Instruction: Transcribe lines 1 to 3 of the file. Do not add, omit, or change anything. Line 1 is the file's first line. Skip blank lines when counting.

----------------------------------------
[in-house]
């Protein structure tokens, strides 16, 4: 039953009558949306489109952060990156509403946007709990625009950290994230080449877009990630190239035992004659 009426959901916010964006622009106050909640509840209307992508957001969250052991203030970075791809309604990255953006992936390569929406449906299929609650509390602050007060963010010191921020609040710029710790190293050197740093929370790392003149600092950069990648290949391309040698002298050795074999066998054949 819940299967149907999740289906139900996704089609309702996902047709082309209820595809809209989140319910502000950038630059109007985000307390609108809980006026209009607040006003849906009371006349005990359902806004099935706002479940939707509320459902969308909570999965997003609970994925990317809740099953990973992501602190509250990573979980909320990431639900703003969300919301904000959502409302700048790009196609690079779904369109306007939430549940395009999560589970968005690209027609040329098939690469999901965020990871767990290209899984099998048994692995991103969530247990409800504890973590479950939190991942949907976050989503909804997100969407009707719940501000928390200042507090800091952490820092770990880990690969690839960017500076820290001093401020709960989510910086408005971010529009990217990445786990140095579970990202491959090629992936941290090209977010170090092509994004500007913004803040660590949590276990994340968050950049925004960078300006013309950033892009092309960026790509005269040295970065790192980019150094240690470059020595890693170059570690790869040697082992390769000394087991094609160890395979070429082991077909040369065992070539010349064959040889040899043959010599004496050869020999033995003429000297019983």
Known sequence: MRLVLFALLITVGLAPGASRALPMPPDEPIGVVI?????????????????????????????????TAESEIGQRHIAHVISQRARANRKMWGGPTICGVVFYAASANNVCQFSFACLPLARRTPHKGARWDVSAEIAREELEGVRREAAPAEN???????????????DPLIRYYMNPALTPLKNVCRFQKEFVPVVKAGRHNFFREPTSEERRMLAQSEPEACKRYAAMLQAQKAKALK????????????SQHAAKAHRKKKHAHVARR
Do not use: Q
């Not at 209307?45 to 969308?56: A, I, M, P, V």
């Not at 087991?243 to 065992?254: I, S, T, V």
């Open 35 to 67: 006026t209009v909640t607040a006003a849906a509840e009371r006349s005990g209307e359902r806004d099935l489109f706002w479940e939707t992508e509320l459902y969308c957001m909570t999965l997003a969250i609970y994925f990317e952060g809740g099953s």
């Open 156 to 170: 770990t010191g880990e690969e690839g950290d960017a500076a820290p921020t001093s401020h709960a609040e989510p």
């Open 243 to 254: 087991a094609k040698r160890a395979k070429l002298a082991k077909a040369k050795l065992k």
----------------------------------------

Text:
[in-house]
């Protein structure tokens, strides 16, 4: 039953009558949306489109952060990156509403946007709990625009950290994230080449877009990630190239035992004659 009426959901916010964006622009106050909640509840209307992508957001969250052991203030970075791809309604990255953006992936390569929406449906299929609650509390602050007060963010010191921020609040710029710790190293050197740093929370790392003149600092950069990648290949391309040698002298050795074999066998054949 819940299967149907999740289906139900996704089609309702996902047709082309209820595809809209989140319910502000950038630059109007985000307390609108809980006026209009607040006003849906009371006349005990359902806004099935706002479940939707509320459902969308909570999965997003609970994925990317809740099953990973992501602190509250990573979980909320990431639900703003969300919301904000959502409302700048790009196609690079779904369109306007939430549940395009999560589970968005690209027609040329098939690469999901965020990871767990290209899984099998048994692995991103969530247990409800504890973590479950939190991942949907976050989503909804997100969407009707719940501000928390200042507090800091952490820092770990880990690969690839960017500076820290001093401020709960989510910086408005971010529009990217990445786990140095579970990202491959090629992936941290090209977010170090092509994004500007913004803040660590949590276990994340968050950049925004960078300006013309950033892009092309960026790509005269040295970065790192980019150094240690470059020595890693170059570690790869040697082992390769000394087991094609160890395979070429082991077909040369065992070539010349064959040889040899043959010599004496050869020999033995003429000297019983």
Known sequence: MRLVLFALLITVGLAPGASRALPMPPDEPIGVVI?????????????????????????????????TAESEIGQRHIAHVISQRARANRKMWGGPTICGVVFYAASANNVCQFSFACLPLARRTPHKGARWDVSAEIAREELEGVRREAAPAEN???????????????DPLIRYYMNPALTPLKNVCRFQKEFVPVVKAGRHNFFREPTSEERRMLAQSEPEACKRYAAMLQAQKAKALK????????????SQHAAKAHRKKKHAHVARR